US 2077634 A
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Description (OCR text may contain errors)
April 20, 1937. A..J. MCMASTER PHOTOELECTRIC TUBE Filed June 14, 1950 Patented Apr. 2 0, 1.9374` .UNITED STATES PATENT OFFICE 2,077,634 Pno'roELEc'rnrc TUBE Archie-J. McMaster, Chicago, Ill., assigner to G-M Laboratories, Inc., Chicago, Ill., a corporation of Illinois` Application'Jne 14, 1930, Serial No. 461,120
' 7 Claims.
'10 power output of the photoelectric tube desirable.
Furthermore, unless the energy delivered by a photoelectrlc tube is above the noise level, that is, unless the energyis greater than the microphonic currents set up byl vibration of theap- "1'5 paratus, such currents will `be amplied to the same extent as the signal current, and thus introduce serious distortion in the signal.
It has been found that the energy emitted by the cathode of a pho-isoelectric tubein response to light follows the following mathematical ex 20 pression, hn=1/2 me? plusl `w in which h is-Planks constant, n is .the frequency of light waves, and hn is energy of 25 one quantum of light. vOn the other sideof the equation m is the mass of an electron, o its velocity, and w the work or energy required to separate an electron from-its atom or the work function of `the emitting surface. If, therefore, othe work function is reduced more energy will be available for conversion to kinetic energy of lthe electronwhich means greater emissivit'y of the cathode surface.
In accordance with the general features of the 35 invention I provide means for reducing the work i 45 A further object is to provide a tube in which the retarding effect of the space-charge is eliminated.
Other objects and advantages will appear as r the description proceeds.
Referring to the drawing:
Fig. 1 is a side elevation of a tube embodyingv the invention,
Fig. 2 is a view similar to Fig. 1 showing the 55; cell rotated.- through an .angle'of 90 degrees,
Fig. 3 is an enlargedsectional fragmentary view taken on line 3-3 of Fig. 1, and,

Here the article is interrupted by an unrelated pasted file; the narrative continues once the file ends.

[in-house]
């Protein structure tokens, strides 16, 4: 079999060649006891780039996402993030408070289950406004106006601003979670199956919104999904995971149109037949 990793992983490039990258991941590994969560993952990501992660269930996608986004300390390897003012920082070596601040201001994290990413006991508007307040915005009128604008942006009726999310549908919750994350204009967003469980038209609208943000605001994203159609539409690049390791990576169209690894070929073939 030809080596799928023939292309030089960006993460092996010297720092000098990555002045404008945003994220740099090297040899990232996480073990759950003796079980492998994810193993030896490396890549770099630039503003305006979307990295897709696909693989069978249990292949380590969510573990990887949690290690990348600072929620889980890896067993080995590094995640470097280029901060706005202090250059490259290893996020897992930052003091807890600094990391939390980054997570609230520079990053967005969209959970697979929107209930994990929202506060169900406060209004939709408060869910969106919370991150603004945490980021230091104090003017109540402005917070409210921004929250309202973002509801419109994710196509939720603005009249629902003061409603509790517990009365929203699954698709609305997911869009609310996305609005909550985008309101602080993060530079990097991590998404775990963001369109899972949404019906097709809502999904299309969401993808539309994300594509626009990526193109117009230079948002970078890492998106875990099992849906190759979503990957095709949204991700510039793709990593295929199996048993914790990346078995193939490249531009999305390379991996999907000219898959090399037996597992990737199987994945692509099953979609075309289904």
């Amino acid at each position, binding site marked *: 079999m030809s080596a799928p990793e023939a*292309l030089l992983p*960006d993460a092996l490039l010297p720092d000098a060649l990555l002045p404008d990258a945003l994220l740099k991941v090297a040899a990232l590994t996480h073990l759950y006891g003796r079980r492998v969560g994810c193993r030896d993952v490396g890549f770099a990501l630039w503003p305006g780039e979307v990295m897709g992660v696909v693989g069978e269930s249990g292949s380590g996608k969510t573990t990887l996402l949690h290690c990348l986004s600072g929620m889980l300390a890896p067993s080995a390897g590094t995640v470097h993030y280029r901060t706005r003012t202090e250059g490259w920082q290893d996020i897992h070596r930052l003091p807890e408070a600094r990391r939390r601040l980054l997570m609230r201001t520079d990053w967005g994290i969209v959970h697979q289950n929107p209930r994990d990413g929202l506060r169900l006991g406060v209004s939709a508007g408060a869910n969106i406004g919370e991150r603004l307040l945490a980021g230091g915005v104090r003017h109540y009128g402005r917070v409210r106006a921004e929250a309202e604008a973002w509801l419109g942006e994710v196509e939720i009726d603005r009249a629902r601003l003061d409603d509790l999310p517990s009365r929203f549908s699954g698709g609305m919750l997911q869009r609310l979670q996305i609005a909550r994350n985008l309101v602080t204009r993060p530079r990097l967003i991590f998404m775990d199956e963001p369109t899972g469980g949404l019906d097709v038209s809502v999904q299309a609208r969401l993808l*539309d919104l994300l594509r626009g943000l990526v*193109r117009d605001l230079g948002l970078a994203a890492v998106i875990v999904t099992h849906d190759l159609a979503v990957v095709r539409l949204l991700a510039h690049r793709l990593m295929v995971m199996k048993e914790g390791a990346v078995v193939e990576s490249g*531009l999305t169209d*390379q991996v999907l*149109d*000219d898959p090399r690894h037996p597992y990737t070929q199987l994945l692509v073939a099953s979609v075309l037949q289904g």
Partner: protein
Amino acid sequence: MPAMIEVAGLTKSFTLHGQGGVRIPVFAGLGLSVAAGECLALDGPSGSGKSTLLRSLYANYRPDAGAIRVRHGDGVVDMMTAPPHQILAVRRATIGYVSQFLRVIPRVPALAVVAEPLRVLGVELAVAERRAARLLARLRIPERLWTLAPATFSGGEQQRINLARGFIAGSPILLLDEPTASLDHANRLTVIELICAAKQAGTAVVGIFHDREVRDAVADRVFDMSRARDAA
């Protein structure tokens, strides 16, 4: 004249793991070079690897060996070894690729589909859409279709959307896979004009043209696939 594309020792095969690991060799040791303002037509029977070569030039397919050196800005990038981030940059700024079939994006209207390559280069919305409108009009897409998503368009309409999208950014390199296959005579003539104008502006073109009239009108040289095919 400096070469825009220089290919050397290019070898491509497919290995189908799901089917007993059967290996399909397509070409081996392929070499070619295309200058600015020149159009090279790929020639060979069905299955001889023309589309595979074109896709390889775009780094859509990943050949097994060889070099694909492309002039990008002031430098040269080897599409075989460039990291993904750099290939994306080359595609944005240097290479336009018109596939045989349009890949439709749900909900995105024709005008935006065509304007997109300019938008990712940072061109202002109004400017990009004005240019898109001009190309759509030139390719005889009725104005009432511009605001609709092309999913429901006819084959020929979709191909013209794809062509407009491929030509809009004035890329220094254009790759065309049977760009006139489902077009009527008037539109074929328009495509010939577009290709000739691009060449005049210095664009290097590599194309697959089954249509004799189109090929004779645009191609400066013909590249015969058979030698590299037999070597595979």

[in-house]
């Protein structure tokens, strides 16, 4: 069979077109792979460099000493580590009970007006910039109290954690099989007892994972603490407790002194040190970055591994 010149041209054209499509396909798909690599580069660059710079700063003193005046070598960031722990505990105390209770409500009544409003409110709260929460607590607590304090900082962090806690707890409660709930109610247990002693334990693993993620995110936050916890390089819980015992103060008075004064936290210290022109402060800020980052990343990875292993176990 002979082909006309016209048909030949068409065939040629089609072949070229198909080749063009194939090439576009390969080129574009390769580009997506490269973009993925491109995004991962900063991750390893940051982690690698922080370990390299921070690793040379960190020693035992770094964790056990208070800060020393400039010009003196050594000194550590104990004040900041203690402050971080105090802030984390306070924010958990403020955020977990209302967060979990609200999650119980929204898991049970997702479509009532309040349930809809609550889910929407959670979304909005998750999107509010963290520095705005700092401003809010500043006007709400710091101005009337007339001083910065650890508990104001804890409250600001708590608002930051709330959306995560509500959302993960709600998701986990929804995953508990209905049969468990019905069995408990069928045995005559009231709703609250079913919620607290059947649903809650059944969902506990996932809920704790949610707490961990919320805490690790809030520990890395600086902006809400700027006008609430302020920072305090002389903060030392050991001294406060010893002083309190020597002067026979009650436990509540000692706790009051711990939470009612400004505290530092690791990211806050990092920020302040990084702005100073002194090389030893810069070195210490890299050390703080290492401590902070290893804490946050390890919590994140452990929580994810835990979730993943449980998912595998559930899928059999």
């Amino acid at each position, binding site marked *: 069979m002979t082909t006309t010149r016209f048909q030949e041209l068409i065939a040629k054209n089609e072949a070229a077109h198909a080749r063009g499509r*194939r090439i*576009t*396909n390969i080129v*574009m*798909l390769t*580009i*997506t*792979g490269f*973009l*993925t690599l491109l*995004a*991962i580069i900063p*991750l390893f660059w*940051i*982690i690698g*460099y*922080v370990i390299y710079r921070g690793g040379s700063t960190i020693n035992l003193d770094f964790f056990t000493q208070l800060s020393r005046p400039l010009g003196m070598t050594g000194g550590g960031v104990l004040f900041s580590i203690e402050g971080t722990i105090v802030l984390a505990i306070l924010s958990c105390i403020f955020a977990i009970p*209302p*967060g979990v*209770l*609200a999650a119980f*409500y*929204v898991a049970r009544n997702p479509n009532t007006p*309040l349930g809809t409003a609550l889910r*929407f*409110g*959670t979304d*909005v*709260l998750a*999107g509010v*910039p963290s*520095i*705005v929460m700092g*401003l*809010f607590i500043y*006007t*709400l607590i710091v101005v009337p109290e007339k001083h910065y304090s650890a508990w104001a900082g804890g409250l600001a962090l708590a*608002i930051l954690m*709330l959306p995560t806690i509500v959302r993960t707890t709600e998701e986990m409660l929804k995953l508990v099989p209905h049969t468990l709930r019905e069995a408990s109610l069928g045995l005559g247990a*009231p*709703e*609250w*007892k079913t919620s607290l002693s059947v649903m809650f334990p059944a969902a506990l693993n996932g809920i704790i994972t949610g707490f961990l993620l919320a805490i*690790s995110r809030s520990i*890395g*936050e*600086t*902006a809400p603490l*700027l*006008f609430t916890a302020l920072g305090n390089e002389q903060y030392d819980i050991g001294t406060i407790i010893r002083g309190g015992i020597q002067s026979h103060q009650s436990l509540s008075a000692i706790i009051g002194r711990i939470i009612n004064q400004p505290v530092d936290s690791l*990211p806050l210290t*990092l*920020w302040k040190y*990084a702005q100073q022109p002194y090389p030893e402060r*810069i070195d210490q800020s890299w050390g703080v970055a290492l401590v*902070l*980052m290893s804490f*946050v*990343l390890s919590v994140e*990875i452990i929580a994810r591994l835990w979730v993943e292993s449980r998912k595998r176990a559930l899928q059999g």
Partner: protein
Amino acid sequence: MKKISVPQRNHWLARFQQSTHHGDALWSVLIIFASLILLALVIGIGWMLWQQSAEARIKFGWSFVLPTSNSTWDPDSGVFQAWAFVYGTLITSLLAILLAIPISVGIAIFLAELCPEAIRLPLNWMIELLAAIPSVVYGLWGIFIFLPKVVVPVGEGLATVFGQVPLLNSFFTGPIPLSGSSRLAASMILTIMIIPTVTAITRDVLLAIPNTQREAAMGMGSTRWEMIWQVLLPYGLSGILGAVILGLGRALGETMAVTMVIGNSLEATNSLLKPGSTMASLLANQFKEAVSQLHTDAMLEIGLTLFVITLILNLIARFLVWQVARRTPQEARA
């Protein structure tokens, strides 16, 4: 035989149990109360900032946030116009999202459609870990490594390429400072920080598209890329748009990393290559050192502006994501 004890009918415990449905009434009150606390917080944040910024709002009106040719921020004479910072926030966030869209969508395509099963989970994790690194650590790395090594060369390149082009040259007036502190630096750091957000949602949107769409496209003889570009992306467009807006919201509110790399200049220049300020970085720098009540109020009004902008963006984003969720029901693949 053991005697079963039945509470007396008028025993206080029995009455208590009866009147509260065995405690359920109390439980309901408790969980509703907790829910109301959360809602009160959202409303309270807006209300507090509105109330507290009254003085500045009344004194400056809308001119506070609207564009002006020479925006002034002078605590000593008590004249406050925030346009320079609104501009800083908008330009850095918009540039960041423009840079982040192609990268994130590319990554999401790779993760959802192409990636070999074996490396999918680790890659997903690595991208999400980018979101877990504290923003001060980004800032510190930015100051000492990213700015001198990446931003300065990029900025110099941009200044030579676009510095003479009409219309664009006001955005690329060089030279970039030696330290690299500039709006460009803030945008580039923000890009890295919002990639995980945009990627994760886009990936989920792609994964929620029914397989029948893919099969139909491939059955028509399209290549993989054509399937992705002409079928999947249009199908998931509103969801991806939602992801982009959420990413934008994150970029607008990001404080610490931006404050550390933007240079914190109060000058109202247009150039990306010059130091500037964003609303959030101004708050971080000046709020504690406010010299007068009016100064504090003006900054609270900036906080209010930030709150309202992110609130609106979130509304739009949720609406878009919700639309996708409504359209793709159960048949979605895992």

Fig. 4 is a view similar to Fig. 3, illustrating a modified form of the invention.
In practicing the invention a base 6 is provided 5 having an envelope 'Il mounted thereon, and within the envelope is a stem or press 8, havling a pair of. supports 9 and II mountedthereon. Supports 9 and H carry a semi-cylindrical y plate I3 which 'is processed to provide a light '-10 vsensitive surface.` It has been found that the -electron emitting surface of a photoelectric tube should be extremely thin. However, a -thin 'photoelectric surface has a low conductivity and 'it is difficult to make good electrical contactvm therewith, and therefore, I provide a conducting base such as copper, silver, magnesium, gold, or
other low resistance metals underneath the photoelectric surface. While the plate I3 may be made of the materials enumerated above, it is preferably made by silver plating a copper plate.
This plate has a bead 24 lof an insulating ma.-
terial such as an insulating cement secured thereto, and anchored in the end of the bead is a conductor 25 which extends through the stem 25 of the tube, for permitting electrical contact to be made therewith. Forwardly of the plate is a filament 26 which is coated with silver or other low boiling point metal which may be vaporized.
Secured to one conductor of the filament is aJ '3u disc or screen 21 for preventing the vaporizing silver from being deposited upon the inner wall of the envelope, as will be described later.
Simultaneously with the mounting of the elements in theenvelope, a capsule or pellet |11 is. 1.
mounted in the upper portion of the envelope on a support I8, whichis secured to the upper end.
of the'anode by welding or the like. The pellet consists of a disc I9 having a bead 2l of an 'alkali or-alkaline earth metal salt mixed with' calcium or some other element having a higher afnity for the radical or'element of the salt than the alkali or alkaline earth metal, from which the alkali or alkaline earth metal is evapo rated and deposited upon the cathode. If, for. instance, we wish to make a caesium tube, the pellet may consist of a mixture of caesium chloride and calcium. This mixture, upon heating the pellet, forms calcium chloride and llberates caesium. The particular alkali or alkaline earth metal salt used' depends upon the characteristics desired in the tube. If we wish to obtain a tube which is highly sensitive to light in the red and yellow regicnsof the spectrum we use a caesium 'salt such as caesium chloride, caesium carbonate,